For now, it simply draws with a pen. But watch the video, embedded below, and you’ll see that it runs exceptionally smoothly. If we’re reading the Instructable right, the next step is to turn this into a CNC cutter. We can’t wait to see where the project goes from here.
Continue reading “A Truly Classy Metal-Framed Mini CNC”
We recently gave you some tips on purchasing your first milling machine, but what we didn’t touch on was CNC (Computer Numerical Control) systems for milling machines (or other machines, like lathes). That’s because CNC is a complex topic, and it’s deserving of its own article. So, today we dive into what CNC is, how it works, and ultimately if it’s right for you as a hobbyist.
Continue reading “An Introduction to CNC Machine Control”
Hanging plotters, or two steppers controlling a dangling Sharpie marker on an XY plane, are nothing new to our community. But have you ever thought of trading out the Sharpie for a wood router bit and cutting through reasonably thick plywood sheets? That would give you a CNC machine capable of cutting out wood in essentially whatever dimensions you’d like, at reasonably low-cost. And that’s the idea behind [Bar]’s Maslow. It’s going to be a commercial product (we hope!), but it’s also entirely open source and indubitably DIYable.
[Bar] walks us through all of the design decisions in this video, which is a must-watch if you’re planning on building one of these yourself. Basically, [Bar] starts out like any of us would: waaaay over-engineering the thing. He starts out with a counterweight consisting of many bricks, heavy-duty roller chain, and the requisite ultra-beefy motors to haul that all around. At some point, he realized that there was actually very little sideways force placed on a sharp router bit turning very quickly. This freed up a lot of the design.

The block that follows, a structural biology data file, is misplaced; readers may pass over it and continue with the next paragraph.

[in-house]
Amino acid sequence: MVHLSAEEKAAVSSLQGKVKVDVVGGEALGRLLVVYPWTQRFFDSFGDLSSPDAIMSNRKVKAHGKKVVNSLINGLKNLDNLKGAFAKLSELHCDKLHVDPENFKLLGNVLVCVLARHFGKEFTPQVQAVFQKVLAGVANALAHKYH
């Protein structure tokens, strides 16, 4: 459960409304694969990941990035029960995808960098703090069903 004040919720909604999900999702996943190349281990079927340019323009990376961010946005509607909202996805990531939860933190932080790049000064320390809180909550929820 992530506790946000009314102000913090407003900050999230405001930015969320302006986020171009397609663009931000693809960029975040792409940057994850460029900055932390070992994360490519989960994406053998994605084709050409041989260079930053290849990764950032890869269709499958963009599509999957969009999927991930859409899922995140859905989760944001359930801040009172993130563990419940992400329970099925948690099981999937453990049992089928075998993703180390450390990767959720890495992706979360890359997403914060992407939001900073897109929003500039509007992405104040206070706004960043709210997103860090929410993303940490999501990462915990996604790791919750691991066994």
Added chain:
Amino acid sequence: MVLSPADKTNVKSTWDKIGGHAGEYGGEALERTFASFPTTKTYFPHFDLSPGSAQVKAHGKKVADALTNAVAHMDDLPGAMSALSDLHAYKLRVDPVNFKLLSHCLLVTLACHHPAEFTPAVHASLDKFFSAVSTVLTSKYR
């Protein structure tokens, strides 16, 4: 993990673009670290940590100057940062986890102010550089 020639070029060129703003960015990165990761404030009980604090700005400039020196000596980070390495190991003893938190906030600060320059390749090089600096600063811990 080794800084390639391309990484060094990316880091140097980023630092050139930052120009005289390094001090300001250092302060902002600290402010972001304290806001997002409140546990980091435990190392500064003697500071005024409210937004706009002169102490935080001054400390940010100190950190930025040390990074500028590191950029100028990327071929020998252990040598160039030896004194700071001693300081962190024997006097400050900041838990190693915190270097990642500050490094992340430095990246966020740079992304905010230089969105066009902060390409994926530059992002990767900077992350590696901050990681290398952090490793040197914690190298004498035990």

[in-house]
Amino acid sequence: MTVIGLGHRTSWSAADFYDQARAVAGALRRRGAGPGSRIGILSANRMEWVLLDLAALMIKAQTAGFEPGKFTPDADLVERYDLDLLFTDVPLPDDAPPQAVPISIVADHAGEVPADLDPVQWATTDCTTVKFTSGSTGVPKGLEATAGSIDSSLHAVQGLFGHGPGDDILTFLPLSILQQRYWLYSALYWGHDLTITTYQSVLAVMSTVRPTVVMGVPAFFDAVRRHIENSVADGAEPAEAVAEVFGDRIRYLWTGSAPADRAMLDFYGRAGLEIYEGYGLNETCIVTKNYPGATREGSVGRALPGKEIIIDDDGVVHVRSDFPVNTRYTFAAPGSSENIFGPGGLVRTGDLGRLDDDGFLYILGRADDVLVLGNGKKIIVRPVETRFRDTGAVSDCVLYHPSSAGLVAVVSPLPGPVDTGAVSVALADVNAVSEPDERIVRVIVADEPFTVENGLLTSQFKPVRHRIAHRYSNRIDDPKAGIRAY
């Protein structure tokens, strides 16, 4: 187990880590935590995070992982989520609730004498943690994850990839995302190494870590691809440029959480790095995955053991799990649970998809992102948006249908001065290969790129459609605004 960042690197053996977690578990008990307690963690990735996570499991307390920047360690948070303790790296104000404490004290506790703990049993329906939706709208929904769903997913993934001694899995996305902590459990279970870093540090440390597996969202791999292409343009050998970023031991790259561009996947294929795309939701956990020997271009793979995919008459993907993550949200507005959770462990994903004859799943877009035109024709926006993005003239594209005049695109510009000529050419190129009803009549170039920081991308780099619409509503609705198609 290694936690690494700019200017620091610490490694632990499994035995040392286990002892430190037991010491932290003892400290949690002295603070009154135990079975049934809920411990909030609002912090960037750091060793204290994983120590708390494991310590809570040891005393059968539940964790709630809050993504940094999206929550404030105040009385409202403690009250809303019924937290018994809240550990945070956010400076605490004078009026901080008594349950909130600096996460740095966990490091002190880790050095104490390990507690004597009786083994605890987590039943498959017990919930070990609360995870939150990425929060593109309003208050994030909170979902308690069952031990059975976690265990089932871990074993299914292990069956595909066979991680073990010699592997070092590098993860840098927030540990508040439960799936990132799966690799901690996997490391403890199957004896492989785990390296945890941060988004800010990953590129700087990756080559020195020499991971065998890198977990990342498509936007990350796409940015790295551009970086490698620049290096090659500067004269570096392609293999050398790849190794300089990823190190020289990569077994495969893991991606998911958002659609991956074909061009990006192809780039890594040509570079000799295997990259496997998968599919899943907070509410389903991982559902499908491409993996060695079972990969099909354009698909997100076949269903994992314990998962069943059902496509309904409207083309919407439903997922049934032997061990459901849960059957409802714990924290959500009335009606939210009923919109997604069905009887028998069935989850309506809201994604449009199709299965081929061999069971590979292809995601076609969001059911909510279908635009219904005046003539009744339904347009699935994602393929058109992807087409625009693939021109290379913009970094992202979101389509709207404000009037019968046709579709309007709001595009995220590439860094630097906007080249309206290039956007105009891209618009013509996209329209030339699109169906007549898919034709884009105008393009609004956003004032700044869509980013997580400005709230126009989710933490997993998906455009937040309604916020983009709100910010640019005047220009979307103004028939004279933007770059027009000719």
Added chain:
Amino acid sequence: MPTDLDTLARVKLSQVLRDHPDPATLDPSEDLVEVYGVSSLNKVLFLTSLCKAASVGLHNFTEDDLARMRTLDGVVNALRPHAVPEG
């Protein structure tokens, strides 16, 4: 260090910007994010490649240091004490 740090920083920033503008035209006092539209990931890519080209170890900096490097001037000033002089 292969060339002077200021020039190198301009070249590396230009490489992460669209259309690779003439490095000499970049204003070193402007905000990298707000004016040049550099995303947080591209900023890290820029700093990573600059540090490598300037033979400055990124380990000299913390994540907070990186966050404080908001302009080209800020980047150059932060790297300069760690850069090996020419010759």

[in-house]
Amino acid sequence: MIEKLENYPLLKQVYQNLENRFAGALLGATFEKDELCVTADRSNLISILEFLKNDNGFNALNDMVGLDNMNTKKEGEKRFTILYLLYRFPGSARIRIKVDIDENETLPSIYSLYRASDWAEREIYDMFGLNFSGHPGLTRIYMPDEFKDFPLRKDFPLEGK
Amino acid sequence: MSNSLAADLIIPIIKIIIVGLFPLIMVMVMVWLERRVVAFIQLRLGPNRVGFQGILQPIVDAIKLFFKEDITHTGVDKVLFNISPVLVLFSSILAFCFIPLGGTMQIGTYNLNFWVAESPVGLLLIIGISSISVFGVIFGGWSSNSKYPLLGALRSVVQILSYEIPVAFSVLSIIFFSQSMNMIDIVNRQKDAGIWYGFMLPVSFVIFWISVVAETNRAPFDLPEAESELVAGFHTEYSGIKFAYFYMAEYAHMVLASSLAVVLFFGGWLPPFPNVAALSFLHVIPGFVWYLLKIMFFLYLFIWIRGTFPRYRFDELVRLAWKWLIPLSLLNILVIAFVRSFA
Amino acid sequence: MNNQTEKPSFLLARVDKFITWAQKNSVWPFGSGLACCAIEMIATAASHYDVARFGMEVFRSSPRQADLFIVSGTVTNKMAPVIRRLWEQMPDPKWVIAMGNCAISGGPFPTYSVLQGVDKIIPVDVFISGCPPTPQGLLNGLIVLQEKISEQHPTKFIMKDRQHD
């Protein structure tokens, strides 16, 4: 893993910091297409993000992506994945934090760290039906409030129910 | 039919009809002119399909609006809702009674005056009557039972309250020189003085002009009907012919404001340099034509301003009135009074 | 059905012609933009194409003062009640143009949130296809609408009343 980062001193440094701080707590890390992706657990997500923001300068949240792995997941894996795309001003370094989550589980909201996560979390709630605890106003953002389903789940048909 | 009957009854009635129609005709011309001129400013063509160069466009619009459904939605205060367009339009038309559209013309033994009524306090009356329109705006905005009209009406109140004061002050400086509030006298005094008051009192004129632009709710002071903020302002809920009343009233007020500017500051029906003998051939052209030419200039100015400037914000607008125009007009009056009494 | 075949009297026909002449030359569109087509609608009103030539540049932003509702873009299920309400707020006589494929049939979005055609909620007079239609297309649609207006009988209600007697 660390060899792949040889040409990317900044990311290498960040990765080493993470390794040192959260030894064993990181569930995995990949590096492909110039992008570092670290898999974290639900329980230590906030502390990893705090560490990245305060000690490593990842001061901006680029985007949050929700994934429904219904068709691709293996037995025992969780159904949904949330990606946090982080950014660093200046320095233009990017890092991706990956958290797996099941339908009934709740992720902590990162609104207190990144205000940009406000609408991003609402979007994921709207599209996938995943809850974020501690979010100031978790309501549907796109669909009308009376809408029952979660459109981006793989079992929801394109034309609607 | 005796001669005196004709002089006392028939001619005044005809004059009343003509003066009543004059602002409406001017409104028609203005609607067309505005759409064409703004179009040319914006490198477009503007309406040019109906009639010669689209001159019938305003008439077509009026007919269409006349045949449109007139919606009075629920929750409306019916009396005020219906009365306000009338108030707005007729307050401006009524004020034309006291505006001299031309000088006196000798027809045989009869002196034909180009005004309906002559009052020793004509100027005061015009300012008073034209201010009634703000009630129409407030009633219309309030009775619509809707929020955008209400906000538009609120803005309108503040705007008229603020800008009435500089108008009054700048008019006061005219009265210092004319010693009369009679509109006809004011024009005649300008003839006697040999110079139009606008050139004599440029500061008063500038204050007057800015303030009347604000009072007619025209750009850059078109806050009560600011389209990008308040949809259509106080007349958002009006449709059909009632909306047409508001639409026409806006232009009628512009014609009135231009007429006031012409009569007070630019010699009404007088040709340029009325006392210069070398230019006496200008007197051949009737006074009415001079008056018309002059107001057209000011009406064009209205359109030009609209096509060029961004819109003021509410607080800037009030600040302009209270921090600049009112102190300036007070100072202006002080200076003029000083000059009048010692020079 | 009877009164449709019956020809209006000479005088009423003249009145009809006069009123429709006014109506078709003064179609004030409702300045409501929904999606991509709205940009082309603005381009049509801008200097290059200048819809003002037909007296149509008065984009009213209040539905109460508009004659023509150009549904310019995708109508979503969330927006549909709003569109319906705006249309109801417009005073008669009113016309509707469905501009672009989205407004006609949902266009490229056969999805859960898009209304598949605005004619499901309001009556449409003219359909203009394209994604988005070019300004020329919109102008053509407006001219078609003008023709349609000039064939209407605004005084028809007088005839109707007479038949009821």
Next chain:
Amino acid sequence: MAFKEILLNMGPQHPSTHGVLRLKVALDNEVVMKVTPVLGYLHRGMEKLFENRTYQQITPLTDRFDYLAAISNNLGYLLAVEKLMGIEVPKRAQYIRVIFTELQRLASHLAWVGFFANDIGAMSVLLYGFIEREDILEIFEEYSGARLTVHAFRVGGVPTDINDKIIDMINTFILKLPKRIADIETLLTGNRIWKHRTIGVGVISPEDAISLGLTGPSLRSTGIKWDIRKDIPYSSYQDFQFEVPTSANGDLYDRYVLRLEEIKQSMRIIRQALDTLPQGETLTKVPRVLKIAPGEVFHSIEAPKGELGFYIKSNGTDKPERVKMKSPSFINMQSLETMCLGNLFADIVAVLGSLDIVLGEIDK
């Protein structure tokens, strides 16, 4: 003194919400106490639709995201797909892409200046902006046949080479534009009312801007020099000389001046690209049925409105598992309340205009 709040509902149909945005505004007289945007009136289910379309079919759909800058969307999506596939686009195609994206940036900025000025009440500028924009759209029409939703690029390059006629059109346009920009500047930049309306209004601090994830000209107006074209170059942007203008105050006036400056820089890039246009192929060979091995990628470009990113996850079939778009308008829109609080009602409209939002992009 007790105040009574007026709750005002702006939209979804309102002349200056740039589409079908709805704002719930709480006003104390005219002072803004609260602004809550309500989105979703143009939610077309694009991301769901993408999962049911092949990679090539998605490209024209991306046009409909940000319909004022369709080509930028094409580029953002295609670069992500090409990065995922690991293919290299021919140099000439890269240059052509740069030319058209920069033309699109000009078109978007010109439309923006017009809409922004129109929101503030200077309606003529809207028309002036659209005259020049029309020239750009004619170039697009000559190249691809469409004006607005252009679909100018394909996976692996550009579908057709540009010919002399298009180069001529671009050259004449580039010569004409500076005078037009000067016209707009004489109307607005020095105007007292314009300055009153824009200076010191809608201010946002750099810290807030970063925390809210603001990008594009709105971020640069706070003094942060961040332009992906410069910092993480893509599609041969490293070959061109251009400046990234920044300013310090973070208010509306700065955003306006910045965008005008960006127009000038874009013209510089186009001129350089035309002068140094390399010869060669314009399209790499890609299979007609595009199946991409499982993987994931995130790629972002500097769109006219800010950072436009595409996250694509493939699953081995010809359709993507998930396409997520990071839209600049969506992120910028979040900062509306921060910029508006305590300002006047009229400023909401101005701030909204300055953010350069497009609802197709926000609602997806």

His current design only uses two bricks for counterweights, uses lighter chains, and seems to get the job done. There’s a bit of wobble in the pendulum, which he admits that he’s adjusted for in software. Motors with built-in encoders and gearing take care of positioning accurately. We haven’t dug deeply enough to see if there’s a mechanism to control the router’s plunge, which would be great to cut non-continuous lines, but first things first.
Taking the wall plotter into the woodshop is a brilliant idea, but we’re sure that there’s 99% perspiration in this design too. Thanks [Bar] for making it open! Best of luck with the Kickstarter. And thanks to [Darren] for the tip.
Most hobbyists don’t have waterjets in their garage, but they would if they could! A Waterjet (or Water Jet Cutter) is a marvelous tool. Simply mount a high-pressure stream of grit and water on an x-y gantry, and the pressure generates enough erosion to cut through just about any thin material. Unfortunately, claiming your own waterjet will erode away a nice big hole in your pocketbook too. Machines up to this point start at about $75K, not to mention that they’d claim the better part of your workspace in a two-car garage.
Most of us everyday hackers that want to play with the benefits of this tool send their parts out to a professional shop. Consequently, we don’t often hear about everyday hackers using waterjets, or waterjet-cut parts all that often, with one exception. Back in 2014, a crew of students from UPENN built a functional waterjet with a parts-list that could make it affordable for about $5000. Now that same team is back. This time, they’ve spun together not just a one-off, but a fully-featured product called Wazer, which just launched its Kickstarter campaign minutes ago and has already nearly quadrupled the $100k goal. How could it do that? The full package starts at modest $3599-$4499. This is crowd-funding, after all, but a 20x undercutting of price is a powerful motivator.
Continue reading “Wazer: The Waterjet For Your Garage”